Make sure you have policies/procedures in place that outline:

  • what constitutes sexual harassment and that such behaviour is not tolerated,
  • the rights of your employees to raise their concerns and how they can do so safely, and
  • the process you will follow to appropriately manage and address complaints.

Anyone can freely access guides and information on managing sexual harassment in the workplace in New Zealand, meaning there is no excuse as an employer not to have written policies and procedures focused on the prevention of sexual harassment in their business.

 Check out:

  • WorkSafe Advice
  • Employment New Zealand Advice

 2. Take steps to proactively reduce the risk of harassment occurring in your business, this may take the form of regular training sessions and/or communications to all team members around what is considered appropriate and inappropriate behaviour at work and how any complaints should be escalated and the consequences where such behaviour is proven to have occurred.

You may also ensure employees are not working in isolated or vulnerable positions (e.g., being alone in a building after work hours, needing to walk through dark carparks etc.), conduct employee culture surveys or exit interviews with specific questions to ascertain awareness and possible issues.

 3. Ensure you have an internal process or external support in place, to respond and seek resolution to all complaints, no matter how potentially minor. This could include:

a.       Coaching and guided conversation

b.       Facilitated meetings, with appropriate support people

c.       Investigations including interviews

Where conversation or meetings are either inappropriate or unsatisfactory, a thorough and fair investigation is required; however, regardless of the process followed, the outcome should be followed up in writing.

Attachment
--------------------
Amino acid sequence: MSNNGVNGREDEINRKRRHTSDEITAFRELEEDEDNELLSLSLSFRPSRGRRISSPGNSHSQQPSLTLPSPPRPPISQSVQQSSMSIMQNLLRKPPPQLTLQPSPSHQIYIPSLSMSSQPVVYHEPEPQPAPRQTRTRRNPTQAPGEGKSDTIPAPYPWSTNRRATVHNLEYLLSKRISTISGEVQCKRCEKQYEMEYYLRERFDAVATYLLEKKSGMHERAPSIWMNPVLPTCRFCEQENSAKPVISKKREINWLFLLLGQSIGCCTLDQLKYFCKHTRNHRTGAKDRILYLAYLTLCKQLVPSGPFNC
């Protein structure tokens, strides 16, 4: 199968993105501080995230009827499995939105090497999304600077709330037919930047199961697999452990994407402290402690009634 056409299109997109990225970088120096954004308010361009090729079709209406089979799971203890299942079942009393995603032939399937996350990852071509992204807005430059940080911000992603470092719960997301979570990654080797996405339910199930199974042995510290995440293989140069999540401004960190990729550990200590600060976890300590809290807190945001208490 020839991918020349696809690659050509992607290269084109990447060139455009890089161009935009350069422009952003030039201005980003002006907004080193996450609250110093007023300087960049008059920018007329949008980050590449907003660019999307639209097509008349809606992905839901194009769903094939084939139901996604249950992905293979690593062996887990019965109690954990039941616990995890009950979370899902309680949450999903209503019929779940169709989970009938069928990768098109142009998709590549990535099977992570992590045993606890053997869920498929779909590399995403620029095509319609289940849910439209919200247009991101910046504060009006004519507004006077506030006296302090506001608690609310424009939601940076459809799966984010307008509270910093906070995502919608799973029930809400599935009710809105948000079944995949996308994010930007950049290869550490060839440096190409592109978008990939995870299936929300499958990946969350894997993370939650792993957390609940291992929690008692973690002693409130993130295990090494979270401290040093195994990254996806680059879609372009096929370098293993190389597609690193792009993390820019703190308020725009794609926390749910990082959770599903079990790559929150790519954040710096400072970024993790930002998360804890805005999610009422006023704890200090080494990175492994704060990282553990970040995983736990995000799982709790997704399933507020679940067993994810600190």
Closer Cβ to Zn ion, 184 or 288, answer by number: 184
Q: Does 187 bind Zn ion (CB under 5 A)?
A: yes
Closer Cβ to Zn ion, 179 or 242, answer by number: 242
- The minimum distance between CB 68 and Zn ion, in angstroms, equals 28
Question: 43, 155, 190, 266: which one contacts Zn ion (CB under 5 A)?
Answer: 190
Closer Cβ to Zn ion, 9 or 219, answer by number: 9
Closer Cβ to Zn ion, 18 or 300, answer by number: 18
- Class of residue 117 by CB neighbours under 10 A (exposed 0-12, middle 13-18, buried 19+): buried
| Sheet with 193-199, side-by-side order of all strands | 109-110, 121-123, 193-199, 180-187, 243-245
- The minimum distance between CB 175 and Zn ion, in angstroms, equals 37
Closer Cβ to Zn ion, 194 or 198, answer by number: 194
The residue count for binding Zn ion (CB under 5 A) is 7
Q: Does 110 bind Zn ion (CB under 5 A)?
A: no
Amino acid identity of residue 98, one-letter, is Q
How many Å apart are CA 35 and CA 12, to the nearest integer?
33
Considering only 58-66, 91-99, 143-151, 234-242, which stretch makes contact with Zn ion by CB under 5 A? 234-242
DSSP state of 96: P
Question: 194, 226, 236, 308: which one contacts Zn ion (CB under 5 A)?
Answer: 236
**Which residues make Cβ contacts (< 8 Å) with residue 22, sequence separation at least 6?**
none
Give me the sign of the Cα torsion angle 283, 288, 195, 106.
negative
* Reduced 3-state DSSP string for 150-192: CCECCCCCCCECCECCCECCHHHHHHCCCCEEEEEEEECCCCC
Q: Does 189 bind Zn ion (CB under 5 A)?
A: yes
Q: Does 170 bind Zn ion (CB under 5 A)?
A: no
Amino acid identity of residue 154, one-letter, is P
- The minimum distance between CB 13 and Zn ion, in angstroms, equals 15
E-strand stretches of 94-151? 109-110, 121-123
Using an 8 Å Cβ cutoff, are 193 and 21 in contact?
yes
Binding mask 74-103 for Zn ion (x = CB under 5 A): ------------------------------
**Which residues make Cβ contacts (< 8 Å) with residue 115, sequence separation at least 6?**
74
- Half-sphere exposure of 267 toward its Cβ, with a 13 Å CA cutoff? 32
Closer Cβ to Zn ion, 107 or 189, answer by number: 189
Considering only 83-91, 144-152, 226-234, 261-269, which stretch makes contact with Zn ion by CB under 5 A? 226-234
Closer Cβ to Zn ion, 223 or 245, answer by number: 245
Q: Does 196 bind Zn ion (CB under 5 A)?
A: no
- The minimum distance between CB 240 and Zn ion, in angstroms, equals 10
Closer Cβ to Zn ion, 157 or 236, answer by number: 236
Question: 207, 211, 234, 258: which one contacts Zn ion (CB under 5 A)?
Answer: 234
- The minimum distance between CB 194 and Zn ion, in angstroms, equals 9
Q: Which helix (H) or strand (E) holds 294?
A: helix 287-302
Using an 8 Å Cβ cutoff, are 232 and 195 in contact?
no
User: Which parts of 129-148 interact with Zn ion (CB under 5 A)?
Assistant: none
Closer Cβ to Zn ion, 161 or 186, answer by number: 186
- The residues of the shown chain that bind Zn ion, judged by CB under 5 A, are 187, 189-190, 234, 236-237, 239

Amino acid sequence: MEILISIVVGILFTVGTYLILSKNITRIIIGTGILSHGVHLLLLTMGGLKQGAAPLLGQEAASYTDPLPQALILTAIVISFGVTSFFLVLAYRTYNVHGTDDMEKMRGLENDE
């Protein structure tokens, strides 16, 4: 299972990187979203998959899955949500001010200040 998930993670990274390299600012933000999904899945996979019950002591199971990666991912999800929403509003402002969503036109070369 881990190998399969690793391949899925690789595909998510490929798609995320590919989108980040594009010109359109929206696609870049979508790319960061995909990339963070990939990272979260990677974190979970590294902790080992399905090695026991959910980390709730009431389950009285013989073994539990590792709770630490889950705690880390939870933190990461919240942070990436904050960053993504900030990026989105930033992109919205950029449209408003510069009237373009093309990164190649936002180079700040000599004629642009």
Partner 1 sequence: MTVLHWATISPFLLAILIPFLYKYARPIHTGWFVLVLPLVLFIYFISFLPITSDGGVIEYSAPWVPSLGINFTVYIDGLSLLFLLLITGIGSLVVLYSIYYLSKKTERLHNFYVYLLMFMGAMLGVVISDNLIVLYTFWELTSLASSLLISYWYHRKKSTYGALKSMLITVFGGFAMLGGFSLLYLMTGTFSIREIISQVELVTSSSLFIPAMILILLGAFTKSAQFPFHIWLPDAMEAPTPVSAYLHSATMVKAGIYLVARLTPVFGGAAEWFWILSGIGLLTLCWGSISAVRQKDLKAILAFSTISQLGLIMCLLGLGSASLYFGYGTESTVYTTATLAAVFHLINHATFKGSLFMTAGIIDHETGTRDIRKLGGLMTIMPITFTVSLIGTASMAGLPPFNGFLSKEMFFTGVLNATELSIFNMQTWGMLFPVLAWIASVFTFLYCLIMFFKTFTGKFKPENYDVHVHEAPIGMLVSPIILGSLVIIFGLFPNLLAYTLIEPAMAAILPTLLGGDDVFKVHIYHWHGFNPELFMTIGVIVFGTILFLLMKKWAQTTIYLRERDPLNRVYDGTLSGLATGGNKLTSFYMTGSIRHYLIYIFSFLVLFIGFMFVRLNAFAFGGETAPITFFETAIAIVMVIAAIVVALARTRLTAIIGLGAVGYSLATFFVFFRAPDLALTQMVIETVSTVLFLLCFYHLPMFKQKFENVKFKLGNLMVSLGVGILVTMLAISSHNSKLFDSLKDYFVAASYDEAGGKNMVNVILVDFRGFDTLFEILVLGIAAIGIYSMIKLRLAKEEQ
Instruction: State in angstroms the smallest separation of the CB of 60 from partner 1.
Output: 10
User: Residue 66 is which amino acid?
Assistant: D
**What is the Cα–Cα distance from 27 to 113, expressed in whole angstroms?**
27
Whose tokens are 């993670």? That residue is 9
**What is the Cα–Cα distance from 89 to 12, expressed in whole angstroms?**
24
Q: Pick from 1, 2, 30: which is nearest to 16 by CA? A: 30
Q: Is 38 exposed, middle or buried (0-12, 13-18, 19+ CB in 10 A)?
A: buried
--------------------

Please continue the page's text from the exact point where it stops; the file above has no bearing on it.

Depending on factors such as, the person the complaint is against, the size of your business and whether you have an internal HR person, any potential bias of an internal investigator etc. you may need to seek help from an external independent investigator. This person must be working under the instruction of a Law Firm, or hold a Private Investigator licence.

 4. If you are made aware of possible inappropriate conduct, whether raised as a complaint or witnessed, an employer must take action. The recipient of potentially inappropriate behaviour may not recognise, agree or want to participate in a process to assess behaviour being sexual harassment; however, from a safety and wellbeing perspective, once you become aware of a potential hazard in the  workplace, you are required to take steps to eliminate, isolate or minimise any risk and ensure you are providing a safe work environment.

If a recipient of potentially inappropriate behaviour does not want to participate in an investigation or resolution process, you must proceed carefully. There are many reasons why someone will not want to participate, such as, fear of retribution, dislike from colleagues, or feelings of being disempowered or vulnerable.  All communication should endeavour to be confidential, respectful and give the person opportunities for support and engagement.

 In an investigation, you may have witnesses or other information sources (e.g., CCTV) that provide sufficient evidence to make reasonable decisions on how to proceed.

 5. Maintain accurate notes and records for existing and departed employees. Legally you must maintain paper or electronic records for six (6) years post-employment.

 6. Document, document, document – as you take any steps to address concerns of alleged or proven sexual harassment in your business, you should ensure you have accurate notes and evidence to support your process and outcomes saved within your records. Much can happen in 12 months that can make it hard to recall or identify facts and evidence.

Documentation should be held in confidential files with limited access, and should not form part of an employee’s standard personal file (unless they have had an allegation of sexual harassment substantiated against them following a fair and reasonable process). Where an employee has raised a complaint, this complaint should not be considered as part of any other process, or disclosed to future parties, unless for the purpose of safety and wellbeing.

 Evaluate and Refresh

Whatever your business practice is now to respond to concerns raised about inappropriate behaviour, take the time to review your policies, procedures and your team’s education. If needed, reach out to your industry or business network, or seek external advice and support to evaluate and refresh your practices.